In addition, it is possible for Internet users to exchange e-mail with users of Internet users often find that the expanded capability to communicate with colleagues around the world leads to important new sources of information, collaboration, and professional development. Besides basic correspondence between two network users, e-mail presents additional opportunities for communication. Through various methods for distributing e-mail messages to lists of “subscribers,” e-mail supports electronic discussions on a wide range of topics.
These discussions bring together like-minded individuals who use such forums for discussing common problems, sharing solutions, and arguing issues. Remote Login Remote login is the ability of a computer user in one location to establish an online connection with another computer elsewhere. Once a connection is established with a remote computer, the user can use that remote system as if their computer were a hard-wired terminal of that system. Within the TCP/IP protocol suite, this facility is called Telnet.
Utilizing Telnet, an Internet user can establish connections with a multitude of bibliographic databases (primarily library catalogs), campus information systems of various universities, full-text databases, data files (e. g. , statistics, oceanographic data, meteorological data, geographic data, etc. ), and other online services. Many of these systems are available for any Internet user to access and use without an account. What makes this application truly remarkable is that ease and speed of access are not dependent upon proximity.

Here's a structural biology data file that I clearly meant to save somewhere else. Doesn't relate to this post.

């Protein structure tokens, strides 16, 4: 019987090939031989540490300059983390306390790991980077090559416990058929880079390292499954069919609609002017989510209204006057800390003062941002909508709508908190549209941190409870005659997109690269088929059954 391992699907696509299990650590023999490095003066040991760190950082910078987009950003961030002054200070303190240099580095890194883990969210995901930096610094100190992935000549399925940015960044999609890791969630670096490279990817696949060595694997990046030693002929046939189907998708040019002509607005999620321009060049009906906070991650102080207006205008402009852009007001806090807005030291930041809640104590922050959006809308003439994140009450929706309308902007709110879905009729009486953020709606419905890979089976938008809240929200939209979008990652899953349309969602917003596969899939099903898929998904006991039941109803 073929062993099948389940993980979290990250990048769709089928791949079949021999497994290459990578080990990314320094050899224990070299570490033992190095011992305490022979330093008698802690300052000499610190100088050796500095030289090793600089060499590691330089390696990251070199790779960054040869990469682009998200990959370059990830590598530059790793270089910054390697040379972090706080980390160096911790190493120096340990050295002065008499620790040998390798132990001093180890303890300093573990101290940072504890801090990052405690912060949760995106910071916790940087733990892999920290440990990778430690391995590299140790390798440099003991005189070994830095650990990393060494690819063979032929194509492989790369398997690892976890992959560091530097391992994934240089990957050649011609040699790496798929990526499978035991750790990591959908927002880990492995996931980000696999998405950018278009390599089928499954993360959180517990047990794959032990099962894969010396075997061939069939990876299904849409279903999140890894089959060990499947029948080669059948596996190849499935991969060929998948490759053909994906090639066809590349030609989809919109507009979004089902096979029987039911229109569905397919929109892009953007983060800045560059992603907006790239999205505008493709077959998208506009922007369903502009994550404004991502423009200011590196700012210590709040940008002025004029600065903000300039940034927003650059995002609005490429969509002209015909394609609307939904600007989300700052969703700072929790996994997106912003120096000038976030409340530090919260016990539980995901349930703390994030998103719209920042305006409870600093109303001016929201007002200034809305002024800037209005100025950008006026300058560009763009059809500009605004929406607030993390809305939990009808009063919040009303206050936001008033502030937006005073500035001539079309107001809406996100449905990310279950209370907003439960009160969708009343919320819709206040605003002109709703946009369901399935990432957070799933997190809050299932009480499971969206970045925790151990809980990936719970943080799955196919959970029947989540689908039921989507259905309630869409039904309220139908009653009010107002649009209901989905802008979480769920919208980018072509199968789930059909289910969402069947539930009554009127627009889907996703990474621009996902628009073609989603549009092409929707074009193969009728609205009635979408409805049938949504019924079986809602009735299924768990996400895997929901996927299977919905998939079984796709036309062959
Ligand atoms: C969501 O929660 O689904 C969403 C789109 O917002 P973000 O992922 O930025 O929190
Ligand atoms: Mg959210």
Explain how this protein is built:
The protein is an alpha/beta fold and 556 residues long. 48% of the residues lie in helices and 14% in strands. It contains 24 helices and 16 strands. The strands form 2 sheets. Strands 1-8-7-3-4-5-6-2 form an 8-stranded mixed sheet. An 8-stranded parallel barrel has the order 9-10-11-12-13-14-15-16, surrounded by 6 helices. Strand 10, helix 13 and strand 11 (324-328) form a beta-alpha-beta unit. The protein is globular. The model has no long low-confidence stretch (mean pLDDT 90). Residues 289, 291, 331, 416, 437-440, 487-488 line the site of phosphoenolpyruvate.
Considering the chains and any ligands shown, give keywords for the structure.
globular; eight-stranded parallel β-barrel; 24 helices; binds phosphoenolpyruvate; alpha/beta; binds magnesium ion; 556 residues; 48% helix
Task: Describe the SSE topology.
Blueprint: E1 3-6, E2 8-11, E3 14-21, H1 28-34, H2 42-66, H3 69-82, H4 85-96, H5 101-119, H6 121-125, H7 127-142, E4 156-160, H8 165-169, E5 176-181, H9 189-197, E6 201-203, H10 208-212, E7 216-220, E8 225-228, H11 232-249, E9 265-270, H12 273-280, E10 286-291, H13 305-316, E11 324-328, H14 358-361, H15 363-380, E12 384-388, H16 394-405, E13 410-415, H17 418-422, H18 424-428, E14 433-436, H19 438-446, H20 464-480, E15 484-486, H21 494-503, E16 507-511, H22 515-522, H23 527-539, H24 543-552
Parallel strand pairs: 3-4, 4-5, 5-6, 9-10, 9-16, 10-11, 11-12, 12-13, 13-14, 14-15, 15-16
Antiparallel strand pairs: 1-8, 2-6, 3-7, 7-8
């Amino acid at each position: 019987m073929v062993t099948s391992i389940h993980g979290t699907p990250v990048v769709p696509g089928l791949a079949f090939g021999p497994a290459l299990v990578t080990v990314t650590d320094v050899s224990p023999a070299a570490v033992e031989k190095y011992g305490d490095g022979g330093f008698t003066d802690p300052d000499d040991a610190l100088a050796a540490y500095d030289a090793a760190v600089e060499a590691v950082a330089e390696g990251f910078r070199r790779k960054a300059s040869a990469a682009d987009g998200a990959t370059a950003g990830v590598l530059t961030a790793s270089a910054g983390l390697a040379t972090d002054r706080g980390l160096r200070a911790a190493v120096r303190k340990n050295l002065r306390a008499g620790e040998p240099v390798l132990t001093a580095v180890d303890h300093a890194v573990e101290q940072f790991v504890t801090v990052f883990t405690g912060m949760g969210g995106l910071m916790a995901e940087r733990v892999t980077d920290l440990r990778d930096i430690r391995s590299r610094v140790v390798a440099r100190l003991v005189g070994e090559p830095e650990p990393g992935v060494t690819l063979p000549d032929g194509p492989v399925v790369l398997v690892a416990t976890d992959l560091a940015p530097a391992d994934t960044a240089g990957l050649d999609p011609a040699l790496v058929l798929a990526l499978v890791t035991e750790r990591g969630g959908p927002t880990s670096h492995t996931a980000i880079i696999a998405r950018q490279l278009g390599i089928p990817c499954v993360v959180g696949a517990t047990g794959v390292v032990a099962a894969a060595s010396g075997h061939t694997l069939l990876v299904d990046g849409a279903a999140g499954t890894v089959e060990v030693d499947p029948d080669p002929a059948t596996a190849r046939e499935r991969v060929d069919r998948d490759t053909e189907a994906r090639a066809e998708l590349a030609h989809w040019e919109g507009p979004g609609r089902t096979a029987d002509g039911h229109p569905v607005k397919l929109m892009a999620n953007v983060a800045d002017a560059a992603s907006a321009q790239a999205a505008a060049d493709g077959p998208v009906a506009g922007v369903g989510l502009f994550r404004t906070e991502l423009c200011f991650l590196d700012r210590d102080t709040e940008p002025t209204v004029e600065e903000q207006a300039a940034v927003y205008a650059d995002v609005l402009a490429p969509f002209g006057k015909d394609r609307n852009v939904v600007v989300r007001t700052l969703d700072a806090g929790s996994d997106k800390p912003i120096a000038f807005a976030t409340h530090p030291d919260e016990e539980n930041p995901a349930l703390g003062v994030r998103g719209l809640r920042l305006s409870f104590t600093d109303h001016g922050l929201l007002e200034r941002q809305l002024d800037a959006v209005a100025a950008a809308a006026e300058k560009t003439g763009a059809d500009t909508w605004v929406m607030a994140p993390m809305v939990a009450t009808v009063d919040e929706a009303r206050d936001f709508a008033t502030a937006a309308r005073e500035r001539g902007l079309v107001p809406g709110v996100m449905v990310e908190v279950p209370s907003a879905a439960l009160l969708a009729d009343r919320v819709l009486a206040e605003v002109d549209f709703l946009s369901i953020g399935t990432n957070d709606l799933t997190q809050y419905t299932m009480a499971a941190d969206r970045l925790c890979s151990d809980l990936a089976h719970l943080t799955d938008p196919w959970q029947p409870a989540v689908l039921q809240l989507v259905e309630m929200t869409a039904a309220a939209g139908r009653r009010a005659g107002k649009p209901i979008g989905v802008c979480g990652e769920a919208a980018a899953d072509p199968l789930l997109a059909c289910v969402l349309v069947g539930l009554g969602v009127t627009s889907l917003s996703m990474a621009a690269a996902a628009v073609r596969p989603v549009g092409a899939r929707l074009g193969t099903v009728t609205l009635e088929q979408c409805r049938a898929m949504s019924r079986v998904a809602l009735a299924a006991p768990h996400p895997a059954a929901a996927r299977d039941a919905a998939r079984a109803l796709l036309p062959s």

An Internet user can connect to a system on the other side of the globe as easily as (and generally not much slower than) he or she can connect to a system in the next building. In addition, since many Internet users are not at present charged for their network use by their institutions, or at least are not charged by the level of their use, cost is often not a significant inhibitor of usage. Therefore the barriers of distance, time and cost, which are often significant when using other forms of electronic communication, can be reduced in the Internet environment.
A compensating disadvantage is that initial costs for Internet connection can be high, and accesscan be technically demanding. File Transfer Another application of the Internet is the ability to transfer files from one Internet-connected computer to another. This function is provided by the File Transfer Protocol (FTP) of the TCP/IP protocol suite. In a method similar to using Telnet, network users initiate an online connection with another Internet computer via FTP. But unlike Telnet, this online connection can perform only functions related to locating and transferring files.
This includes the ability to change directories, list files, retrieve files, etc. Types of files that can be transferred using FTP include virtually every kind of file that can be stored on a computer: text files, software programs, graphic images, sounds, files formatted for particular software programs (e. g. , files with word processing formatting instructions like Microsoft Word), and others. Many computer administrators have set aside portions of their machines (servers) to offer files for anyone on the Internet to retrieve.